Multidisciplinary approaches to develop prototype for the prevention of malnutrition in OP: products, people, places and procedures
mappmal is a three year NDA multidisciplinary research project that will exploit new technologies to rethink and test new ways that food can be produced and delivered to older patients using a ‘a joined-up’ approach that considers all stages of the food journey, from production to consumption (i.e. products, people, places and procedures). The amenability of this new systems prototype to become embedded in current UK practice in hospitals and other care settings will also be investigated by engaging end users and key stakeholders throughout the development.
The aim of this project is to address the problem on malnutrition in older patients by exploiting new and existing technologies to rethink and test new ways that food can be produced and delivered to older patients using a ‘a joined-up’ approach that considers all stages of the food journey, from production to consumption (i.e. products, people, places and procedures). The overall research question is therefore ‘Can new products, partnerships, service models and enhanced eating experiences and environments from food production to patient consumption prevent malnutrition in older patients?’
First, current practice with respect to products, people, places and procedures, in the hospital setting for older patients will be studied in order to identify opportunities for change.
Next, a prototype for a proposed new food system will be devised which will consider 4 key areas:
Key end users (The ‘Food Family’) within the project include: food providers, caterers, dieticians, nurses, doctors, occupational therapists, speech therapists, carers, older patients/relatives) and other stakeholders (e.g. NHS, key professional bodies, charities such as Age UK). They will be engaged in all stages of development of the new prototype. This will achieved by conducting workshops, focus groups and interviews to inform on the feasibility and acceptability of the new system, its workability and potential integration in real life.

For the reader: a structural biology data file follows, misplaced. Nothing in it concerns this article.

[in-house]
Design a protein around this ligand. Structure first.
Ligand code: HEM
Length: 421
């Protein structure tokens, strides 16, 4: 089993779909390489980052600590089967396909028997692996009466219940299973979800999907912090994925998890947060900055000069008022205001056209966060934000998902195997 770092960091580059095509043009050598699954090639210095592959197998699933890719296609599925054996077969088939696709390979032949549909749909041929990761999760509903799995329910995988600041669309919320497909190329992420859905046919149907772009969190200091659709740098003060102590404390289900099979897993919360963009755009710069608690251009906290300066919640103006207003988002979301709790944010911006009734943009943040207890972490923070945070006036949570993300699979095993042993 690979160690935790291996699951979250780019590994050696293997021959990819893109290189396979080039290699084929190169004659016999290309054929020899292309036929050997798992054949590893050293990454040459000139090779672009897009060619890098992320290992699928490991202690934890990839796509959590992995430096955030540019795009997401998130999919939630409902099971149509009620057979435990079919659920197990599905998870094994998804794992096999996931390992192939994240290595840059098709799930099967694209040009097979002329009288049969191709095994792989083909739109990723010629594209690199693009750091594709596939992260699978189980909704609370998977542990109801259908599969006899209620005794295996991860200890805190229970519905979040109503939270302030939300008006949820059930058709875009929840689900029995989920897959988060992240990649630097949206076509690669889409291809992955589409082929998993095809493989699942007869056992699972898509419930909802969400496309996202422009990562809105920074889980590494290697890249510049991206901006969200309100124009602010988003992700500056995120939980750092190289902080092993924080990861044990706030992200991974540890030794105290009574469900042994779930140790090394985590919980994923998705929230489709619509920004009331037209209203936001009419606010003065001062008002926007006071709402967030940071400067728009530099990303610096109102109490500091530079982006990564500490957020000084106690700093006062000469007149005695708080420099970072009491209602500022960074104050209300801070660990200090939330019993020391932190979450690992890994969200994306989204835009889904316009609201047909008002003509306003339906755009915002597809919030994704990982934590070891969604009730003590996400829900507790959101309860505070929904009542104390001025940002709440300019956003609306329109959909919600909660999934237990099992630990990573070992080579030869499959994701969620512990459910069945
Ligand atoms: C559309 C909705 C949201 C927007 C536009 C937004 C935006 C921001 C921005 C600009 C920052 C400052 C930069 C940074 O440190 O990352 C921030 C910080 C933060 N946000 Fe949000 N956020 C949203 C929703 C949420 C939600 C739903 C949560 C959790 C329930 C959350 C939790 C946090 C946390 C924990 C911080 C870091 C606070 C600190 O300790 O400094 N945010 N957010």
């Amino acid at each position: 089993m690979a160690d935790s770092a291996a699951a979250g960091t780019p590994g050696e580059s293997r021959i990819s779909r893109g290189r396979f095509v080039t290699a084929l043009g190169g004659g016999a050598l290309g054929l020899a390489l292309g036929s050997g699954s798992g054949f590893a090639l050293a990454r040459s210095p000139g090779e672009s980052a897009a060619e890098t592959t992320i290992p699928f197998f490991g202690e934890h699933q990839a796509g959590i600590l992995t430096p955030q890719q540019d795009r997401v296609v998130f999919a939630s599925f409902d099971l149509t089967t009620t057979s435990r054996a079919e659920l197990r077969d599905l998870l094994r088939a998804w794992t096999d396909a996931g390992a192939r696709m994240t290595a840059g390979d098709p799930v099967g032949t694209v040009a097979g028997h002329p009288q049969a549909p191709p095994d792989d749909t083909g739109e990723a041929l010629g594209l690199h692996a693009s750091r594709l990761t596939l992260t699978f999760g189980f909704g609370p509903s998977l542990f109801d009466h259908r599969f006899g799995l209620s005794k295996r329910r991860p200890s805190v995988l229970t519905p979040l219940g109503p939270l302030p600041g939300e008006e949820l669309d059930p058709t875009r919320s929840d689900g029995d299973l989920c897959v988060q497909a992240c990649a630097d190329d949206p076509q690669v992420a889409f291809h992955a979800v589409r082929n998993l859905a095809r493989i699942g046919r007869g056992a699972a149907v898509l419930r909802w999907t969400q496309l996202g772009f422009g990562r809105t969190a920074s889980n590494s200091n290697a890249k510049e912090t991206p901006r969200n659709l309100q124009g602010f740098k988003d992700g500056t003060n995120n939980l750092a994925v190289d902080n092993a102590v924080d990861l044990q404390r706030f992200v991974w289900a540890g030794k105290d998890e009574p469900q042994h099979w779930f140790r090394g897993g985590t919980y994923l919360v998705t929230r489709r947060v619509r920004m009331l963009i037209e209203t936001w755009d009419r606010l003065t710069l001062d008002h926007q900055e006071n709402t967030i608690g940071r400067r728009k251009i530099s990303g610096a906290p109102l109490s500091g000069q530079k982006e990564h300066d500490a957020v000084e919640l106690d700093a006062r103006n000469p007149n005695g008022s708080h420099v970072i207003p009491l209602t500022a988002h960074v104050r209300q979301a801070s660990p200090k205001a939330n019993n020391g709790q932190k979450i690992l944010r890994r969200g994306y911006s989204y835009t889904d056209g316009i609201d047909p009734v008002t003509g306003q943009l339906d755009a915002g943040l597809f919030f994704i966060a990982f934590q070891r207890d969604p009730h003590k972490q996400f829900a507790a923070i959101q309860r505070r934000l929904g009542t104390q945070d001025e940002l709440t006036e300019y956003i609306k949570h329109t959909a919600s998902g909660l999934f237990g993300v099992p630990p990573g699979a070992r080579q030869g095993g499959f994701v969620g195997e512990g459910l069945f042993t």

The work will be conducted in five Work Packages (WP):
WP1 Defining current systems
Observations of current NHS hospital systems and interviews with the Food Family and Stakeholders will be conducted to identify areas for change.
WP2 End user engagement
Feedback on the new prototype (from WP 3 and 4) will be obtained from the Food Family and Stakeholders throughout the project, to assess its practicality and to refine it.
WP3 Developing new food products for older patients
Using state of the art technology, food with improved sensory quality will be developed, including new foods for those with swallowing difficulties. The potential use of releasing food aromas at ward level to stimulate patient appetite will be tested.
WP4 Utilising innovative design and technology to optimise the Food Journey and the older patient’s Eating Environment
A new prototype for the ‘food journey’ from production to patient and the environment in which the patient eats will be developed. Sketches, physical mock-ups and virtual 3D modelling of ward/patient environments will be used to develop scenarios of the new service in operation. A fast and accurate technology-based prototype to monitor food intake of patients will also be developed.
WP5 Potential application to other settings
Interviews and focus groups with the Food Family and Stakeholders will collect feedback on the potential application of the new concepts to other settings (e.g. care homes).